Excuse the faux-artsy photo, folks. It’s the first nice night of Spring and I’m out on the porch enjoying the weather. This is the best I could do in such low light.
The topic is writing lessons – in particular the writing lessons you’ve learned from your blog community.
Those writing lessons might be the ways in which your blog writing style has changed and developed, new forms that you’ve tried, or writing experiments you’ve done off the blog as a result of feedback and interaction with your community.
What a timely post.
With my recent change still looming large, I’ve spent a little time reviewing how far I’ve come in the last year. And, in perhaps one of the biggest coincidences of all time, I received an email today from a new reader asking me about a post I wrote nearly a year ago, “What to do when the one you love hates your writing?”:
I guess the question I ask when I read that is, if you know she is going to hate it, then why do you make her read it? That’s like requiring my wife to watch a bunch of guy movies with me when I know she doesn’t like them, and then being annoyed when she still doesn’t like them.
F.R.R. Mallory asked basically the same question in the comments on that post. If you take a peek, you’ll also see that my comments in reply are still running under the name “editor“.
A year is a long time…
In the last year, I’ve learned not to push my work on people who don’t want to read it. I’ve learned I don’t need that kind of validation (even if it is nice). I’ve also learned not to hide behind anonymous pen names (unless the pay is right). I’ve also learned to accept the kind of writing I do as just fine. And finally, I’ve learned that learning is a constant process: a writer is never complete.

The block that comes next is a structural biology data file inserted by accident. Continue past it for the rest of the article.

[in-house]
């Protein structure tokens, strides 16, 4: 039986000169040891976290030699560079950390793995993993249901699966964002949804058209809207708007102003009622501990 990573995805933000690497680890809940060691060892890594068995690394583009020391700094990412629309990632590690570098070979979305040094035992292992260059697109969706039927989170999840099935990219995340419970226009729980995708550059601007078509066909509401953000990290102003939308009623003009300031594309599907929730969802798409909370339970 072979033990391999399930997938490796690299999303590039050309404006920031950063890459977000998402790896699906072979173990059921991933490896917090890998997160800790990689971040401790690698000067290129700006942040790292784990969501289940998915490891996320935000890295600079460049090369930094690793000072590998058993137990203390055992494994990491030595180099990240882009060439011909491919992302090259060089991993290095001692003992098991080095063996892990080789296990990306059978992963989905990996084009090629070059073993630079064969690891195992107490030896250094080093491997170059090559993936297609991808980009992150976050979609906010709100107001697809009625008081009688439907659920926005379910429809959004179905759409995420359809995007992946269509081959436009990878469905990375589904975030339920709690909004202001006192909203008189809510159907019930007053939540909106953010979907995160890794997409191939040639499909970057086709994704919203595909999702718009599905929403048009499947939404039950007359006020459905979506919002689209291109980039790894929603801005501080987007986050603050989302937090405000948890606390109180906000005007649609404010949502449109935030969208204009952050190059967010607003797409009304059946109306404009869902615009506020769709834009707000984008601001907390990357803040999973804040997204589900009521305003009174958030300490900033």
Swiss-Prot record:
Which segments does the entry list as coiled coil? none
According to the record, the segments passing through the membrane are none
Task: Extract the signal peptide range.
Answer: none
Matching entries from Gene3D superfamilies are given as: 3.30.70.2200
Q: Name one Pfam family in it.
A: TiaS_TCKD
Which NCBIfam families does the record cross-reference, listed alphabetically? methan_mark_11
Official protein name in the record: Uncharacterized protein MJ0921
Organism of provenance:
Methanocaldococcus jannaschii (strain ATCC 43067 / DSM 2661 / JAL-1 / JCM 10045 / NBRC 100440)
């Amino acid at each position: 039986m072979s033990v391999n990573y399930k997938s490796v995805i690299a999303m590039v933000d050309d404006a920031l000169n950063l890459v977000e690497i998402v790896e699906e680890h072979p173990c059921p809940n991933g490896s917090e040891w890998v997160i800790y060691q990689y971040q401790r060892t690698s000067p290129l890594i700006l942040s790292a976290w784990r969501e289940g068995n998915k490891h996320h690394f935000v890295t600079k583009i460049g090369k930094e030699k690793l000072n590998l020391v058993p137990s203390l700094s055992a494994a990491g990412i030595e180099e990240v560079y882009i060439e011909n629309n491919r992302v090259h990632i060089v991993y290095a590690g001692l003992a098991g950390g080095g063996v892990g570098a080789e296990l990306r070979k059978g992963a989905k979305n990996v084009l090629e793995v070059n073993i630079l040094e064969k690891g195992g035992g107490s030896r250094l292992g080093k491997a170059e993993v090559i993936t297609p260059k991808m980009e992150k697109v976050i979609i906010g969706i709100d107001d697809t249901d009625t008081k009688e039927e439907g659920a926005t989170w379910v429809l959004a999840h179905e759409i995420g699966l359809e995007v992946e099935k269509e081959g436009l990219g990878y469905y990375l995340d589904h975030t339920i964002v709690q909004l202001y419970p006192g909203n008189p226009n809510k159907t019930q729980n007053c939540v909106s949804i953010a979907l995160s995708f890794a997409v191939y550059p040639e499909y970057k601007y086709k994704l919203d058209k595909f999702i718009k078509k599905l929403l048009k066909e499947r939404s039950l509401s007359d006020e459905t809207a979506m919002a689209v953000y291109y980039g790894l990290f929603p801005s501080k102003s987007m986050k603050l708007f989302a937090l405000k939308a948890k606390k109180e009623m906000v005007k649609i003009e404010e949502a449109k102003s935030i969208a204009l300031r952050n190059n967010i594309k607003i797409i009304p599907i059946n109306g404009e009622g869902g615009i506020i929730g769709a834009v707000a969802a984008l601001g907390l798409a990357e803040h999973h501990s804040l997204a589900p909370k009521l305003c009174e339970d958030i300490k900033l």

After that post went up, HNTW sort of went from an obscure place where I spoke mostly to myself and a handful of friends, into an experiment in connecting with people. It is still growing, but I can say that it is a wonderful little community of writers. I share with these writers my thoughts and struggles, my triumphs and failures. Together we overcome the fear that is so prevalent in the world of would-be writers.
Perhaps this is the greatest lesson I’ve learned here on my blog: I’ve learned not to be afraid, even if I have no idea what I’m doing. I’ve learned not to hide, even when I’m bound to make a fool of myself. I’ve learned that being a part of the broader writing community is so much more than just retweeting posts and leaving comments. It’s about helping and learning, because a writer is never complete. It’s about learning to live and be happy with who you are.
Thank you, everyone!